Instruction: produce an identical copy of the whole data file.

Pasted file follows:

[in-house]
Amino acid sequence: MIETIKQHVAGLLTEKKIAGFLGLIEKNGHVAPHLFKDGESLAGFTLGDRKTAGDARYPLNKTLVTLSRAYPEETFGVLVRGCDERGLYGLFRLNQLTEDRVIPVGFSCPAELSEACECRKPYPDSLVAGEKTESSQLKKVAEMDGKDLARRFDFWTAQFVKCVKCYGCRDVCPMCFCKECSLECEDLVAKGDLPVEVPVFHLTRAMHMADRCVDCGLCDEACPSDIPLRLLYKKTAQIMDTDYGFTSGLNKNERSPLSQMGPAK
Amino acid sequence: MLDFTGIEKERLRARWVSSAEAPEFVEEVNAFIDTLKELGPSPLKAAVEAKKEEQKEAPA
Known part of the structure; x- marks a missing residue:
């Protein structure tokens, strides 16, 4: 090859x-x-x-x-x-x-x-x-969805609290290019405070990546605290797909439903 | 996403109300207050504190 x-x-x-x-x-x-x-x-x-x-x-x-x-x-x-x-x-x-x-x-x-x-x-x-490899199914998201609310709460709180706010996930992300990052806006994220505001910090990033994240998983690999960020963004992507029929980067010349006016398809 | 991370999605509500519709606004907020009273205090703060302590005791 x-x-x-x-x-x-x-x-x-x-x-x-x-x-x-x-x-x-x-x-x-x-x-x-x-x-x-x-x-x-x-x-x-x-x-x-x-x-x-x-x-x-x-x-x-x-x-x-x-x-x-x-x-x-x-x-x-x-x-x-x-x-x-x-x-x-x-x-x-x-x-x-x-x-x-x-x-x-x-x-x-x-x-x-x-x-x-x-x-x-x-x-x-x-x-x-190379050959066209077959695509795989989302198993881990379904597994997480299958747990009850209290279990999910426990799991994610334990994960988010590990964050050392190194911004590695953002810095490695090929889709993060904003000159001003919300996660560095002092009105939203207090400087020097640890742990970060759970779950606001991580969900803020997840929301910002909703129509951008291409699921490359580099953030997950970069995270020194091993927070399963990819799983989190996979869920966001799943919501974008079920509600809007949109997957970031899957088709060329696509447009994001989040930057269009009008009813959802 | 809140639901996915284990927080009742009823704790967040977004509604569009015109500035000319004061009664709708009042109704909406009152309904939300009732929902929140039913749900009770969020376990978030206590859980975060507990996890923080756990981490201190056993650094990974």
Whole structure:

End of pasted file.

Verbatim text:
[in-house]
Amino acid sequence: MIETIKQHVAGLLTEKKIAGFLGLIEKNGHVAPHLFKDGESLAGFTLGDRKTAGDARYPLNKTLVTLSRAYPEETFGVLVRGCDERGLYGLFRLNQLTEDRVIPVGFSCPAELSEACECRKPYPDSLVAGEKTESSQLKKVAEMDGKDLARRFDFWTAQFVKCVKCYGCRDVCPMCFCKECSLECEDLVAKGDLPVEVPVFHLTRAMHMADRCVDCGLCDEACPSDIPLRLLYKKTAQIMDTDYGFTSGLNKNERSPLSQMGPAK
Amino acid sequence: MLDFTGIEKERLRARWVSSAEAPEFVEEVNAFIDTLKELGPSPLKAAVEAKKEEQKEAPA
Known part of the structure; x- marks a missing residue:
């Protein structure tokens, strides 16, 4: 090859x-x-x-x-x-x-x-x-969805609290290019405070990546605290797909439903 | 996403109300207050504190 x-x-x-x-x-x-x-x-x-x-x-x-x-x-x-x-x-x-x-x-x-x-x-x-490899199914998201609310709460709180706010996930992300990052806006994220505001910090990033994240998983690999960020963004992507029929980067010349006016398809 | 991370999605509500519709606004907020009273205090703060302590005791 x-x-x-x-x-x-x-x-x-x-x-x-x-x-x-x-x-x-x-x-x-x-x-x-x-x-x-x-x-x-x-x-x-x-x-x-x-x-x-x-x-x-x-x-x-x-x-x-x-x-x-x-x-x-x-x-x-x-x-x-x-x-x-x-x-x-x-x-x-x-x-x-x-x-x-x-x-x-x-x-x-x-x-x-x-x-x-x-x-x-x-x-x-x-x-x-190379050959066209077959695509795989989302198993881990379904597994997480299958747990009850209290279990999910426990799991994610334990994960988010590990964050050392190194911004590695953002810095490695090929889709993060904003000159001003919300996660560095002092009105939203207090400087020097640890742990970060759970779950606001991580969900803020997840929301910002909703129509951008291409699921490359580099953030997950970069995270020194091993927070399963990819799983989190996979869920966001799943919501974008079920509600809007949109997957970031899957088709060329696509447009994001989040930057269009009008009813959802 | 809140639901996915284990927080009742009823704790967040977004509604569009015109500035000319004061009664709708009042109704909406009152309904939300009732929902929140039913749900009770969020376990978030206590859980975060507990996890923080756990981490201190056993650094990974």
Whole structure: